- 18 februari, 2009
- Posted by: Nasim Sahar
- Category: Asylsökande
By Charles Forelle
OF THE WALL STREET JOURNAL
BRUSSELS (Dow Jones)–Refugees seeking asylum in the European Union don't have to demonstrate they are specifically targeted for harm if there is widespread and indiscriminate violence in their homeland, Europe's highest court ruled Tuesday, considering the case of two Iraqi nationals who had fled the war in their country. The case could lead Europe to admit more asylum-seekers – a touchy subject on a continent that prides itself on broad human-rights protection but often struggles to integrate immigrants and is struggling with growing unemployment.
Dutch authorities, who referred the legal question of how to interpret an EU asylum directive to the European Court of Justice in Luxembourg, said dozens of similar cases were pending. Seven other EU countries weighed in with legal briefs.
The case before the Court of Justice concerned an Iraqi couple, Meki and Noor Elgafaji, who fled Iraq in 2006. Elgafaji had worked for a British security contractor that guarded convoys traveling between the Baghdad airport and the Green Zone.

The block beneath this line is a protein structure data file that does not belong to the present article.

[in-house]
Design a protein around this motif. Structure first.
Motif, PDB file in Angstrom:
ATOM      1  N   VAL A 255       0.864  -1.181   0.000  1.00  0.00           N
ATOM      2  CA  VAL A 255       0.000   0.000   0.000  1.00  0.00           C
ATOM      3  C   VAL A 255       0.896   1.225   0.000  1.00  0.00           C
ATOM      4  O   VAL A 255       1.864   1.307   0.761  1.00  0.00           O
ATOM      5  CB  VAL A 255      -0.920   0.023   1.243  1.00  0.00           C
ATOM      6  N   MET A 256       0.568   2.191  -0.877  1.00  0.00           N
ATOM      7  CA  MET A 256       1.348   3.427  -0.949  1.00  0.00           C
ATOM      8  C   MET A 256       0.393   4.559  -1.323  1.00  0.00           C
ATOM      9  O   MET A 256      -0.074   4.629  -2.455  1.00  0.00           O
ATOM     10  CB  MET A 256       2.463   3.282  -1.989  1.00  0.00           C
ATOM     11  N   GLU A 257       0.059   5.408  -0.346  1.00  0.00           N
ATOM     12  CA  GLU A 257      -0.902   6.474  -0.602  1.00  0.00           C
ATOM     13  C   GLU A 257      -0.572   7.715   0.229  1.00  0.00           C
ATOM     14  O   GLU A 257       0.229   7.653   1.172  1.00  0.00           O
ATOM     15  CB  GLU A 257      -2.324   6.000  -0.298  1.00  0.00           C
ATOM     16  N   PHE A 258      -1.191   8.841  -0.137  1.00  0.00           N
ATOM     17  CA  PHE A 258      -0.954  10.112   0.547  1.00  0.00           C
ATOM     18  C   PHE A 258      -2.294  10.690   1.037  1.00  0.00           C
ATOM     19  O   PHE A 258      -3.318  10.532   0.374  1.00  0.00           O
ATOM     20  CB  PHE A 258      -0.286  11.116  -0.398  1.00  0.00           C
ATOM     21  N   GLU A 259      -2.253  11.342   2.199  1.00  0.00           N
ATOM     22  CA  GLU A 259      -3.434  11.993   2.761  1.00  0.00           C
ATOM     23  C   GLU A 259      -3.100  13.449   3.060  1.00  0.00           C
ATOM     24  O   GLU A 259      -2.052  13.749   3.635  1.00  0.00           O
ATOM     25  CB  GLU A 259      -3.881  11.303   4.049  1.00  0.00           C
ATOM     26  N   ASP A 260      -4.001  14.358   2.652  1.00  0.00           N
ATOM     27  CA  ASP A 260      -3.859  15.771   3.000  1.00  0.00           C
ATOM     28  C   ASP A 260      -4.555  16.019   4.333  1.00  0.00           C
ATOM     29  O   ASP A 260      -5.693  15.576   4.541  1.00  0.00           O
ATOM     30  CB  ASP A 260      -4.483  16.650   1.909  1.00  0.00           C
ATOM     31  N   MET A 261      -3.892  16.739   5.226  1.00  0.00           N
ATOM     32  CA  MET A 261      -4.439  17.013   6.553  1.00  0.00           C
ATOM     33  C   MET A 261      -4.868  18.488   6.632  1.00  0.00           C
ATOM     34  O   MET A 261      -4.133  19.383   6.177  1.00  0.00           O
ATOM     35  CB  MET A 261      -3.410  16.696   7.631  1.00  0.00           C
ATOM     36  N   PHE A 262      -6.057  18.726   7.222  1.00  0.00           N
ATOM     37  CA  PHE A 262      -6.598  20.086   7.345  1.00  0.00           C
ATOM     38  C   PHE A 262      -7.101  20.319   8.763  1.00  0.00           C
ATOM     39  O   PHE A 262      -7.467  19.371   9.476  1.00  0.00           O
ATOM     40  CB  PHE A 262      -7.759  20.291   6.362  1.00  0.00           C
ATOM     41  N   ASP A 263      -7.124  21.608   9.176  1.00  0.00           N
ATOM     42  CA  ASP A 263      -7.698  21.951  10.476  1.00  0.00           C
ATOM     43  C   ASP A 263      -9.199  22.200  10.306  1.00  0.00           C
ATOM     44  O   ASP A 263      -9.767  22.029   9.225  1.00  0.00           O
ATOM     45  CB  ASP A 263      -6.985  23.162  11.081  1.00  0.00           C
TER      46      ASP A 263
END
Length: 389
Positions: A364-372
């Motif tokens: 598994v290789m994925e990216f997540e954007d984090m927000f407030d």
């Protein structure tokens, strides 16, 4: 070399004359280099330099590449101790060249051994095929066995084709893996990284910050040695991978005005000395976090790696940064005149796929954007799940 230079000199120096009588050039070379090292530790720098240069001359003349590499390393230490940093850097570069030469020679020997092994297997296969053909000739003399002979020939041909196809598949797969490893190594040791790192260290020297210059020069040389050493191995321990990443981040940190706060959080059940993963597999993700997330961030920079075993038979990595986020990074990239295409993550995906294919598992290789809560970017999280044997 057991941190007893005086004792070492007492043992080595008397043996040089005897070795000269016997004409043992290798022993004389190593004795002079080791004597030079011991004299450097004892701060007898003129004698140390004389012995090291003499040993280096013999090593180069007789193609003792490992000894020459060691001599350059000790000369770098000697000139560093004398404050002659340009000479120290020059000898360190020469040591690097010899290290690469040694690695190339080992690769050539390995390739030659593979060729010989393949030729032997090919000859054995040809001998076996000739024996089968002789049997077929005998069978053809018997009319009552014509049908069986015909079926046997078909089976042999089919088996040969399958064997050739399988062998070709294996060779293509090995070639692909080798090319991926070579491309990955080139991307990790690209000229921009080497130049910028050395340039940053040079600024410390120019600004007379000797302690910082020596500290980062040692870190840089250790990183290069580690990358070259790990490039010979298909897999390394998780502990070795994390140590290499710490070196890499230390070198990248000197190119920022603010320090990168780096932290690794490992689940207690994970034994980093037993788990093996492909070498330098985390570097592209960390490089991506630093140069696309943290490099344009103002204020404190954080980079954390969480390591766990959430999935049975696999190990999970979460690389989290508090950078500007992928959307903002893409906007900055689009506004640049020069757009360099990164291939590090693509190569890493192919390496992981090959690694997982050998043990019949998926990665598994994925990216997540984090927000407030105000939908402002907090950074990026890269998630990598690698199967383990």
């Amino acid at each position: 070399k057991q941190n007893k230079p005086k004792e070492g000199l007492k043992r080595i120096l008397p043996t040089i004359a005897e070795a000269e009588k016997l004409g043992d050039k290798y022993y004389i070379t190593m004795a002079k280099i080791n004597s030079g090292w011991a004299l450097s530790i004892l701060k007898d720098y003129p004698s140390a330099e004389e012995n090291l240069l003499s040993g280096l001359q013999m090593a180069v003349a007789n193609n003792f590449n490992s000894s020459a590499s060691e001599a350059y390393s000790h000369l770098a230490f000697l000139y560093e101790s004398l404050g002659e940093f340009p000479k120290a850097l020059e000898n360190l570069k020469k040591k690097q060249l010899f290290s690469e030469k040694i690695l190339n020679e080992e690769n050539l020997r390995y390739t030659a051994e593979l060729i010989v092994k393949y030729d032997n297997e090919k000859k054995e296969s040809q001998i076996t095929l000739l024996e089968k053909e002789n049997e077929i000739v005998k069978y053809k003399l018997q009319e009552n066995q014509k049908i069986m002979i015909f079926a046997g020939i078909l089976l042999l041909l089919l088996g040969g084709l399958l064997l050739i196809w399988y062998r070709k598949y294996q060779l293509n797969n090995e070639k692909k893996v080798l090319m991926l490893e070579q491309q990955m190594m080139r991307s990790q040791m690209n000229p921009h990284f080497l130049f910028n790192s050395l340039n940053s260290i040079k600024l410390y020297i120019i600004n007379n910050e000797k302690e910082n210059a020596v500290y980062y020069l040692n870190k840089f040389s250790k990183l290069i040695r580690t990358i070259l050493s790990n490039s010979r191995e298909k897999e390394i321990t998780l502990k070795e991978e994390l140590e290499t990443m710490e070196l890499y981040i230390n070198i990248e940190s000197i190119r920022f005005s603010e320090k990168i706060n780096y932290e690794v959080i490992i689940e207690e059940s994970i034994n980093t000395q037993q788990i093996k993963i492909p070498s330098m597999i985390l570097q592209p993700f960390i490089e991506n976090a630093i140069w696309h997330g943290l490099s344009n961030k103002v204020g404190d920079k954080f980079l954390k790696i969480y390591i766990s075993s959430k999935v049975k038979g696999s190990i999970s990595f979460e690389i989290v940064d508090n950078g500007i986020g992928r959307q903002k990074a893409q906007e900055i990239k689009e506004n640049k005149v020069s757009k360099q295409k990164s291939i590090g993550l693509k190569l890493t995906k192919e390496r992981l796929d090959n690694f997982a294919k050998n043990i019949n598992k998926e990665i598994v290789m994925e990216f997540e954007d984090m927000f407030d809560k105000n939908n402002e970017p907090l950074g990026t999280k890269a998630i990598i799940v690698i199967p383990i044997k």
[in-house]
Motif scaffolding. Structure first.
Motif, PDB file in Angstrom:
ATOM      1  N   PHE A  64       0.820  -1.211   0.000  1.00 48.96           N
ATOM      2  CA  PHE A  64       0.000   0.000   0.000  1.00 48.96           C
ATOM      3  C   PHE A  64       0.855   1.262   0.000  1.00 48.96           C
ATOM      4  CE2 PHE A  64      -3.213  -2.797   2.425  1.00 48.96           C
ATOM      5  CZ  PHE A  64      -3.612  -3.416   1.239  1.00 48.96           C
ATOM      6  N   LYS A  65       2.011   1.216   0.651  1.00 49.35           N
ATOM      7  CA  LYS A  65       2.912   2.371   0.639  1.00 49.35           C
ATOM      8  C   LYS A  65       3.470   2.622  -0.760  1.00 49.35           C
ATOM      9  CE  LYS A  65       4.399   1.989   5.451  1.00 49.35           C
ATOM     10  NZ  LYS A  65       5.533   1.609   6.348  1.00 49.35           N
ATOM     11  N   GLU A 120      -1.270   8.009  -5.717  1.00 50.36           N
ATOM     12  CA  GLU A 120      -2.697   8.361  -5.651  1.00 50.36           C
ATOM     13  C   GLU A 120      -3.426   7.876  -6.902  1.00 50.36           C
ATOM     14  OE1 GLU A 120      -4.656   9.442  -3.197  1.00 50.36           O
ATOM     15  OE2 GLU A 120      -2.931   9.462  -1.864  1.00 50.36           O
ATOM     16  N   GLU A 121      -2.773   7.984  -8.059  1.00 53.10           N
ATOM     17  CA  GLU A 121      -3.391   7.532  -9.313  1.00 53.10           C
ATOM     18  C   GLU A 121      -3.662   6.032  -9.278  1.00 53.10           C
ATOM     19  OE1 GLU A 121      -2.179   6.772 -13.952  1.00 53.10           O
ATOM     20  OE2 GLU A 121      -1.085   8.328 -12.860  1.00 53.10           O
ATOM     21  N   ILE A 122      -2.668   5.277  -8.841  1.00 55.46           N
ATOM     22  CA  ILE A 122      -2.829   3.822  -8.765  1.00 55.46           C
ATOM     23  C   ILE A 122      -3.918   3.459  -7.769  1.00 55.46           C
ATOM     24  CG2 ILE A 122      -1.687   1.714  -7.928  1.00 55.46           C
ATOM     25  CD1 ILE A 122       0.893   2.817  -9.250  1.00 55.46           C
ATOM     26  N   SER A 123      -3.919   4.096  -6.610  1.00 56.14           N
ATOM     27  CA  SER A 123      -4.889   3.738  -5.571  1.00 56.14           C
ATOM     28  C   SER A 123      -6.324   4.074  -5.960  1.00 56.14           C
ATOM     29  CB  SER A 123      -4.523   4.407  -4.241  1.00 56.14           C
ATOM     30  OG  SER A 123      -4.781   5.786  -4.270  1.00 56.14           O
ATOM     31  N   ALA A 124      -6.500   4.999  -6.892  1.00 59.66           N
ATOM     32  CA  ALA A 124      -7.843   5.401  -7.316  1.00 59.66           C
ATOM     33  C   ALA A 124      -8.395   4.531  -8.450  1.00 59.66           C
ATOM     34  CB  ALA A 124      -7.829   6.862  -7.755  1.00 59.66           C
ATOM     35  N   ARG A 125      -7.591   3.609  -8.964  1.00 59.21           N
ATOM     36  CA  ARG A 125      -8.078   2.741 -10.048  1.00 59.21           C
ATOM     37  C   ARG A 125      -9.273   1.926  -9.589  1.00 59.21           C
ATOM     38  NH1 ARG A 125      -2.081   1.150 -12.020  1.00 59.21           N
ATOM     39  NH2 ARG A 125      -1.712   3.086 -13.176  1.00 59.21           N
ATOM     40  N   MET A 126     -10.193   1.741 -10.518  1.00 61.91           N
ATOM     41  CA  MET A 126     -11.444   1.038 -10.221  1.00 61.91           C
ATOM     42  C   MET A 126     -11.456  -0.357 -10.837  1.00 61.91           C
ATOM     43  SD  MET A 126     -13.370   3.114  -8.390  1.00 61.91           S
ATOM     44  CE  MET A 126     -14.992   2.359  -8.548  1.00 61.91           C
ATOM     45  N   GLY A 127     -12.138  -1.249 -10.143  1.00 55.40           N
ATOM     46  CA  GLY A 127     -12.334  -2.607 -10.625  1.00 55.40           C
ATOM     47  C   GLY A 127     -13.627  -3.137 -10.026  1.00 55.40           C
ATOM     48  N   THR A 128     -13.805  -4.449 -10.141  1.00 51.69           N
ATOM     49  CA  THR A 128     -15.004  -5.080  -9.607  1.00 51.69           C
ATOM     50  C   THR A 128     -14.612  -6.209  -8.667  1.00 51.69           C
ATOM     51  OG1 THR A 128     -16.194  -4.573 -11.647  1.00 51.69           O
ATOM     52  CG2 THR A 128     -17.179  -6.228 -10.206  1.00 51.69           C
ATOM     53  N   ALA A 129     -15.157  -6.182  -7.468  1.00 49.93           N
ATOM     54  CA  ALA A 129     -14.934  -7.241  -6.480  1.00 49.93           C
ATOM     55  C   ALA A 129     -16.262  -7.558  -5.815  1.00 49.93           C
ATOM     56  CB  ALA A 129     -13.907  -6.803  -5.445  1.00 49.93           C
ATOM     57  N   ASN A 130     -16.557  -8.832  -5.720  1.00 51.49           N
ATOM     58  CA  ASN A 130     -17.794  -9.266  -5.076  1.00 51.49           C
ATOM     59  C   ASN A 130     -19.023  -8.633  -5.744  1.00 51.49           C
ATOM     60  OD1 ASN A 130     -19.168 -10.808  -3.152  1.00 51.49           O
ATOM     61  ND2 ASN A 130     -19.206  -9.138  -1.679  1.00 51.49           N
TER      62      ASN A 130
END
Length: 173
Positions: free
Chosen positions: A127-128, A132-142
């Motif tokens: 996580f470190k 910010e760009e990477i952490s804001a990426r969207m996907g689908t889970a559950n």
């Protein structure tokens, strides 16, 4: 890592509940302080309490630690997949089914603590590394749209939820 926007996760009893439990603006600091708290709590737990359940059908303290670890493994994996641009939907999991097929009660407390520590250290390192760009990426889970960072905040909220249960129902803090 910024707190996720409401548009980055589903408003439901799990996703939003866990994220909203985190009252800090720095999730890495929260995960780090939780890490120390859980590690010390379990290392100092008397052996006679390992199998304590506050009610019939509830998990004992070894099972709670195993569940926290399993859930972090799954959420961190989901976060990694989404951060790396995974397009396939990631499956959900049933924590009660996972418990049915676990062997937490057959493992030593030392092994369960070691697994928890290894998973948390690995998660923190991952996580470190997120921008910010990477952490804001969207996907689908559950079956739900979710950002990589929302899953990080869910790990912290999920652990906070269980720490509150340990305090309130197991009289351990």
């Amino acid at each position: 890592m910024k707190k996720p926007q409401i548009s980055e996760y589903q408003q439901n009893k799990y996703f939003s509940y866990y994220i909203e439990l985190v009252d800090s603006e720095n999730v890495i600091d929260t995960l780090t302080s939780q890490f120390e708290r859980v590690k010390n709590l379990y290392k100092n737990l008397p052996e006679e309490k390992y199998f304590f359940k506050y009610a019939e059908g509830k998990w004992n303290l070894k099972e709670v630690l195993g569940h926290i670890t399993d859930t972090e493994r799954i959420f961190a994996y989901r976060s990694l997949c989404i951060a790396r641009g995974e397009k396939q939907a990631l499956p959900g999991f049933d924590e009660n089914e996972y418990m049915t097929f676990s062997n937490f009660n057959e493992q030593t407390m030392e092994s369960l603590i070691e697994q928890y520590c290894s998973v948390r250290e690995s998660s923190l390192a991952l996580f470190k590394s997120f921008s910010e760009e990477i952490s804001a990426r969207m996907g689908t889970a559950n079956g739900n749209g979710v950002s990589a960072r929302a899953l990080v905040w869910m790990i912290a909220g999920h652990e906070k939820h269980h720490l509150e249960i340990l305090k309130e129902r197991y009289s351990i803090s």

The Elgafajis left, they said, after Elgafaji's uncle – also employed by the same security firm – was killed in a terrorist attack, and a note saying ”death to collaborators” was affixed to the door of their home.
They went to the Netherlands, where they had family, but the Dutch immigration ministry said they hadn't adequately demonstrated that they were individually threatened and denied their application for residence permits.
A district court overruled the ministry, but an appeals court said the relevant European law was confusing and asked the Court of Justice for an interpretation.
In its ruling, the court said an asylum applicant need not ”adduce evidence that he is specifically targeted by reason of factors particular to his personal circumstance.”
Instead, a threat grave enough to justify asylum ”can exceptionally be considered to be established” if indiscriminate violence in a war zone is great enough that a civilian returned to the area ”would, solely on account of his presence on the territory of that country or region, face a real risk of being subject to that threat.”
-By Charles Forelle, Wall Street Journal, +32 2 741 1329